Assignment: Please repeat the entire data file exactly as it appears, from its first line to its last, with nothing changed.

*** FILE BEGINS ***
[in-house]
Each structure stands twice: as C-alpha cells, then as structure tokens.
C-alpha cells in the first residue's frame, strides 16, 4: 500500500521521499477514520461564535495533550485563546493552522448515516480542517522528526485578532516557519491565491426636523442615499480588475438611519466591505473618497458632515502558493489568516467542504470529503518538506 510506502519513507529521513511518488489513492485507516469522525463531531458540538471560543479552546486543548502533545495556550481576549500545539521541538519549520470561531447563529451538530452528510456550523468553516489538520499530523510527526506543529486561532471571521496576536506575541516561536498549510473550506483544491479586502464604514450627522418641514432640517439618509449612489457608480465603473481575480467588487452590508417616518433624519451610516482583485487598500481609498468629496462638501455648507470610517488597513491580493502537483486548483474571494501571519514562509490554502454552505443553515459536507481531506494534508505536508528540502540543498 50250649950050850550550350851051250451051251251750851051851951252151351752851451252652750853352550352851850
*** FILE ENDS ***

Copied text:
[in-house]
Each structure stands twice: as C-alpha cells, then as structure tokens.
C-alpha cells in the first residue's frame, strides 16, 4: 500500500521521499477514520461564535495533550485563546493552522448515516480542517522528526485578532516557519491565491426636523442615499480588475438611519466591505473618497458632515502558493489568516467542504470529503518538506 510506502519513507529521513511518488489513492485507516469522525463531531458540538471560543479552546486543548502533545495556550481576549500545539521541538519549520470561531447563529451538530452528510456550523468553516489538520499530523510527526506543529486561532471571521496576536506575541516561536498549510473550506483544491479586502464604514450627522418641514432640517439618509449612489457608480465603473481575480467588487452590508417616518433624519451610516482583485487598500481609498468629496462638501455648507470610517488597513491580493502537483486548483474571494501571519514562509490554502454552505443553515459536507481531506494534508505536508528540502540543498 50250649950050850550550350851051250451051251251750851051851951252151351752851451252652750853352550352851850